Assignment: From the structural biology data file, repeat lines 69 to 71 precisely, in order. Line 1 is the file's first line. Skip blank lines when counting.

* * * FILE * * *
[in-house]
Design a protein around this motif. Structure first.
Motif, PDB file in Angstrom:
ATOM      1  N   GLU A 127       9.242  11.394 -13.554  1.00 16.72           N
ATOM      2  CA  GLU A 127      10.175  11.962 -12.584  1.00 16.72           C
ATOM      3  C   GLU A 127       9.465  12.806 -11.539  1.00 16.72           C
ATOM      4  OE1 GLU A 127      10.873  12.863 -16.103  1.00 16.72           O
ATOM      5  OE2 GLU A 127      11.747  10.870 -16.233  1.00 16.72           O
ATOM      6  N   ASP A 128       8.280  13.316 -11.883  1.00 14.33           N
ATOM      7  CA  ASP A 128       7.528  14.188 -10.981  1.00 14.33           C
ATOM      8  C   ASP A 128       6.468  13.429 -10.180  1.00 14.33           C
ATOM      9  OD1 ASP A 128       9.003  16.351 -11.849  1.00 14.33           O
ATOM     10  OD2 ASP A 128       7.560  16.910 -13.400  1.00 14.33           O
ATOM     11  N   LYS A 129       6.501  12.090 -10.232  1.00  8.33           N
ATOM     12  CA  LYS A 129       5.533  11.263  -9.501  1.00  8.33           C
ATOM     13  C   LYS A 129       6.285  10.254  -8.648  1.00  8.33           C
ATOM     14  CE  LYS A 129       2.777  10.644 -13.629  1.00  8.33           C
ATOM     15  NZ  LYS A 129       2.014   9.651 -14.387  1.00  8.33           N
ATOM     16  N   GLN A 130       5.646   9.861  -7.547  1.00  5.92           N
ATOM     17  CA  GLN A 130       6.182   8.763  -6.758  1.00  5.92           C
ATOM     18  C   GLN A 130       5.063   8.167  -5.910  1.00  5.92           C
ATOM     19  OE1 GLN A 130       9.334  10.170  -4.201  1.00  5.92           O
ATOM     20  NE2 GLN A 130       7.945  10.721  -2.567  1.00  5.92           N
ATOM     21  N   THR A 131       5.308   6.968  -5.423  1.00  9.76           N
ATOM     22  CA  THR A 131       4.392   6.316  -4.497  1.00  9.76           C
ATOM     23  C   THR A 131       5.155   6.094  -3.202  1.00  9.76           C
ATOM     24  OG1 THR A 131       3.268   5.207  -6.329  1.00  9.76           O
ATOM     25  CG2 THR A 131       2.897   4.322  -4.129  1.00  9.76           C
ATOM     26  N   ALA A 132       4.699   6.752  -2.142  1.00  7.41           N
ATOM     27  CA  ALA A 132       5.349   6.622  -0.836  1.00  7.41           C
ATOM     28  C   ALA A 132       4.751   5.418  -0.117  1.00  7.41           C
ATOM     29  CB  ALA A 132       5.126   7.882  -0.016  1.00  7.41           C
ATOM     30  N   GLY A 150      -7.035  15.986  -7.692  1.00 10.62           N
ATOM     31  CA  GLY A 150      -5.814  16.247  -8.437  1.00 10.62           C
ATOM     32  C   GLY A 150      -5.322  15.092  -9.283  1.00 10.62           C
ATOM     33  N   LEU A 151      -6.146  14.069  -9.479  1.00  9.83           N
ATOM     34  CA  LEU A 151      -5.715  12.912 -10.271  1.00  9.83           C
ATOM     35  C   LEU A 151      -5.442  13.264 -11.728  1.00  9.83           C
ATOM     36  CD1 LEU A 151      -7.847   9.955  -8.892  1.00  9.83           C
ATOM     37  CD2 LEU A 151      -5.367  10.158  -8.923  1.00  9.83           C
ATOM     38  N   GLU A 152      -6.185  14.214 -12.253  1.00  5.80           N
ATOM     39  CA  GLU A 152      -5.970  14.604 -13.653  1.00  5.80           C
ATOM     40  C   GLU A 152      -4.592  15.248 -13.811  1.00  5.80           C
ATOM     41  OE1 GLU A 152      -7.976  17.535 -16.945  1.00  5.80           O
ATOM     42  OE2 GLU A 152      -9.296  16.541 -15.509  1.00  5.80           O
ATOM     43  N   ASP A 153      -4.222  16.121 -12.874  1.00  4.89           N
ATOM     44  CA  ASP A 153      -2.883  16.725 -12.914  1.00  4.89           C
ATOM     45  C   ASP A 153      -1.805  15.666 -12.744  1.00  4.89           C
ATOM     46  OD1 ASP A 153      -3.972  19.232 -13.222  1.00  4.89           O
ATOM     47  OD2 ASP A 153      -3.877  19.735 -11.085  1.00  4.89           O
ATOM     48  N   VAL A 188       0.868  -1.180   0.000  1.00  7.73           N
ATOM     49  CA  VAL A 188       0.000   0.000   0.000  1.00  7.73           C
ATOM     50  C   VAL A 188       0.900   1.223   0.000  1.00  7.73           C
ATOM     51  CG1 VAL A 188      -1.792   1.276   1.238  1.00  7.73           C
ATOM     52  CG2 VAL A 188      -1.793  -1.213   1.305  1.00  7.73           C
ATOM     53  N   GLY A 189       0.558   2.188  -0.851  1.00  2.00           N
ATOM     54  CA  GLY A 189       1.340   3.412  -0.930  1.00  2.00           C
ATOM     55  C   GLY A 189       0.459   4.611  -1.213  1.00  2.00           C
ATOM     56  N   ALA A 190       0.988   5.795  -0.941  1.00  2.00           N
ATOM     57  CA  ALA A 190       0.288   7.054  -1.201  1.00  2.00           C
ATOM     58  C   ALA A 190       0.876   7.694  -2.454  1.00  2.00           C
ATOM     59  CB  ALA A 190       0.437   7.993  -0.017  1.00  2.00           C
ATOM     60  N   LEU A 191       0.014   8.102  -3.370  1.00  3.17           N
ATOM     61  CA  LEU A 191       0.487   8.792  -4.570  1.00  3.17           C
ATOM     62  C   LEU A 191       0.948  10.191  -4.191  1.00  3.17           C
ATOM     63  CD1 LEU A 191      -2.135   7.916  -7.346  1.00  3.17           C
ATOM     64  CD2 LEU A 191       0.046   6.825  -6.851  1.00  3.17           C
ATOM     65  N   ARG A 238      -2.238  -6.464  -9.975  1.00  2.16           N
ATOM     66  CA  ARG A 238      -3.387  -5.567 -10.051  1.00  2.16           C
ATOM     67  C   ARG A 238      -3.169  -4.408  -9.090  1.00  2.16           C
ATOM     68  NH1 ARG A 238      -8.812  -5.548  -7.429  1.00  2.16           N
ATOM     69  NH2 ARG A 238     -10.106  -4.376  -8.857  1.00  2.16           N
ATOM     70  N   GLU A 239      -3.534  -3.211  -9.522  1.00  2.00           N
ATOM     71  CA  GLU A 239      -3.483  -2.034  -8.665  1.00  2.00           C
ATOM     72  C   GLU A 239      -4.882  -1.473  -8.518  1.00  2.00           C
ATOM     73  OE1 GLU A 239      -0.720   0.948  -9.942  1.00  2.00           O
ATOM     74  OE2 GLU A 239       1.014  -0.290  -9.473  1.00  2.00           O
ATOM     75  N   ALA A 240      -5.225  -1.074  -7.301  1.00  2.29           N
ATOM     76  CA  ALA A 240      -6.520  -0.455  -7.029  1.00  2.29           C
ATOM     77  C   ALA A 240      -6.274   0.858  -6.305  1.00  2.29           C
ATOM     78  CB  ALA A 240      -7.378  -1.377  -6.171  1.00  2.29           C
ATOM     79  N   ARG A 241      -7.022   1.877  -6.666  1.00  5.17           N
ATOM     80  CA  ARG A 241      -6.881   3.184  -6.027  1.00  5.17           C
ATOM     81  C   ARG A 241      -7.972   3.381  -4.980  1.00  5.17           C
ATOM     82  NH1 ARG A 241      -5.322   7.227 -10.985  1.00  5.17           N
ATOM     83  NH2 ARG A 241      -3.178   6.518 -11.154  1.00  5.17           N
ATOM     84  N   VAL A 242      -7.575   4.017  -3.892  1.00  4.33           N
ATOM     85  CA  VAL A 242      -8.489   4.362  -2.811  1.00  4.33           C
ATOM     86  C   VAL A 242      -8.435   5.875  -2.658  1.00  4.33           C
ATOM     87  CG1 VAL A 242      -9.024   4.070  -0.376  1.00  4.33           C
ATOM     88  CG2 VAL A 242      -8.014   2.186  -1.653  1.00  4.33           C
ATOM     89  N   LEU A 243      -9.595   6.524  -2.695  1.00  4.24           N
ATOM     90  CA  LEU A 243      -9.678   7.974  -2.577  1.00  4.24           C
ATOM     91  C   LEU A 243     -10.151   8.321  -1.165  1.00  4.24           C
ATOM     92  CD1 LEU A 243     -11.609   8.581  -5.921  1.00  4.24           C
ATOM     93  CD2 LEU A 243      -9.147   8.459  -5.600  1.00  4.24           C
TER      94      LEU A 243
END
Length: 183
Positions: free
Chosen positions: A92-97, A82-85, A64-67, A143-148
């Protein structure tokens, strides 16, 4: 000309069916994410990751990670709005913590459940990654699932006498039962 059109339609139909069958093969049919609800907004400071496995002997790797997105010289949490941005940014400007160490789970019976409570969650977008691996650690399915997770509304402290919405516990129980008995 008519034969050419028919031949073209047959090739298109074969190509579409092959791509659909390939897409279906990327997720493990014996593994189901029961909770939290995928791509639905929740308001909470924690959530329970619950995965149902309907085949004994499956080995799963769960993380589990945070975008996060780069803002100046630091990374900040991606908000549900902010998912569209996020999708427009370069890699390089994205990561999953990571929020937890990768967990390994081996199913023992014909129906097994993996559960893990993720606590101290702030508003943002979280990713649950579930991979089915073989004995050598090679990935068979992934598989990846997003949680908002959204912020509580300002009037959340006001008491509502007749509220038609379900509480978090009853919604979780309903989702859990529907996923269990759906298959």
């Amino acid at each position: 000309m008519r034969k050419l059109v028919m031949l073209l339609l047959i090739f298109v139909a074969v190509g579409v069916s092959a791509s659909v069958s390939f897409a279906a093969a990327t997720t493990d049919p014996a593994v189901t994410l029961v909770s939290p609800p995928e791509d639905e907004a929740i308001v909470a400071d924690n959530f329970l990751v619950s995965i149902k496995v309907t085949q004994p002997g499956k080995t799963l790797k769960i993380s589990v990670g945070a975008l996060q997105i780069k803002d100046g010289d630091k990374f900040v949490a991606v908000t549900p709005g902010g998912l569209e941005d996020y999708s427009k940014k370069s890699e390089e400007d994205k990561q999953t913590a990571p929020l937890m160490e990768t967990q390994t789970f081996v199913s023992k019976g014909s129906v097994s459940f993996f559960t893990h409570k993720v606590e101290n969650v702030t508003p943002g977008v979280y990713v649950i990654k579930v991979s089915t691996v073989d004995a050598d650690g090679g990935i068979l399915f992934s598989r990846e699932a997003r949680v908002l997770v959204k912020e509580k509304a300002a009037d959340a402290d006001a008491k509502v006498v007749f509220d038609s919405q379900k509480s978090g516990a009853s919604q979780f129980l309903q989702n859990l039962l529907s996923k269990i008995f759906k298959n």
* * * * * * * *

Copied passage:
ATOM     66  CA  ARG A 238      -3.387  -5.567 -10.051  1.00  2.16           C
ATOM     67  C   ARG A 238      -3.169  -4.408  -9.090  1.00  2.16           C
ATOM     68  NH1 ARG A 238      -8.812  -5.548  -7.429  1.00  2.16           N